An ultrasound uses sound waves to produce an image of internal body structures, such as images of fetuses in utero. Pediatric Neurosurgeons can use ultrasound to view a baby’s brain because babies’ skulls have not fully hardened. Ultrasound images are quick, can be performed in a doctor’s office, and pose no significant health risks.
X-Rays use radiation to produce an image that clearly shows bone structures, and it can also be used to identify some abnormalities in soft tissues, like pneumonia in the lungs. Neurosurgeons often take x-rays of the skull to detect skull fractures, an oddly shaped skull, or other skull abnormalities. Getting an X-ray takes about 15 minutes, and the low dose of radiation carries limited health risks. Verry often, neurosurgeons need to see SHUNT x-rays.
A CT-scan uses X-rays and computer technology to produce clear pictures of tissues inside the body. Because CT-scans are quick and easy to perform, Neurosurgeons often order a CT scan when a prompt diagnosis of brain abnormality, such as identifying bleeds due to trauma, are needed. CT scans use a higher dose of radiation than traditional x-rays and carry some health risks, such as causing cancer in kids, so pediatric neurosurgeons typically avoid them whenever an MRI is possible, and ONLY use them in emergency situations.
Magnetic Resonance Imaging uses magnetic fields to produce a clear image of internal body structures. Pediatric neurosurgeons frequently use MRI to detect abnormalities of the brain and spine, some of which cannot be seen with the less-vivid CT scan. Getting an MRI can take up to an hour and children usually require sedation in order to prevent them from moving, but MR imaging uses no radiation and does not carry the health risks of a CT scan.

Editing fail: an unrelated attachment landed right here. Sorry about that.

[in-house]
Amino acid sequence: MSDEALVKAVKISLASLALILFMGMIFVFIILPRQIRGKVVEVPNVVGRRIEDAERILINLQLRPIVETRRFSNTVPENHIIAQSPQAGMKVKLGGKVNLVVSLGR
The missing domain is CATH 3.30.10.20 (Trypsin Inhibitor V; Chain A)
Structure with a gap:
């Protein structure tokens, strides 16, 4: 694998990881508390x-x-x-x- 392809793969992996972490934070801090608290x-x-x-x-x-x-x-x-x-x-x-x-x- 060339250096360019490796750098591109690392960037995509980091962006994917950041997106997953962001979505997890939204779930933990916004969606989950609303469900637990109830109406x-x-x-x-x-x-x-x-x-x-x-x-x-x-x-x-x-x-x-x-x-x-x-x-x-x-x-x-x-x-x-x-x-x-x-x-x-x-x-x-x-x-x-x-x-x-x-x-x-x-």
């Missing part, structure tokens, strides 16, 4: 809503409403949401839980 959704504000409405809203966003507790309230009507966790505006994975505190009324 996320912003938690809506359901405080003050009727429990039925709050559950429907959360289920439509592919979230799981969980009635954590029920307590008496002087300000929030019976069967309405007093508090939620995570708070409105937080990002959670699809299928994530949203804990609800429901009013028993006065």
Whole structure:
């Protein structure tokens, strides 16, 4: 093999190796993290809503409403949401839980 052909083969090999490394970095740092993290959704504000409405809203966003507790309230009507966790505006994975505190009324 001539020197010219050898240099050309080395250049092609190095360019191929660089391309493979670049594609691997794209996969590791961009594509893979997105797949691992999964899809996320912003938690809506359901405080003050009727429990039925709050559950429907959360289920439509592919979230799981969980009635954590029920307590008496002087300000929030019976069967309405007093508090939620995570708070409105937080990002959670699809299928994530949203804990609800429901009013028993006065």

NOTICE: This website is for informational purposes only and is not intended as medical advice or as a substitute for a patient/physician relationship.
NJPNI is committed to creating a culturally diverse, inclusive and collaborative community for patients and their families, employees and associates where each person is celebrated and has a sense of equal belonging. See our DEI Statement Page for more information.
NJPNI does not exclude, deny benefits to, or otherwise discriminate against any person on the grounds of race, color, or national origin, or on the basis of disability or age in admission to, participation in, or receipt of the services and benefits of any of its programs and activities or in employment therein. This statement is in accordance with the provisions of Title VI of the Civil Rights Act of 1964, Section 504 of the Rehabilitation Act of 1973, the Age Discrimination Act of 1975, and Regulations of the U.S. Department of Health and Human Services issued pursuant to the Acts, Title 45 Code of Federal Regulations part 80, 84, and 91.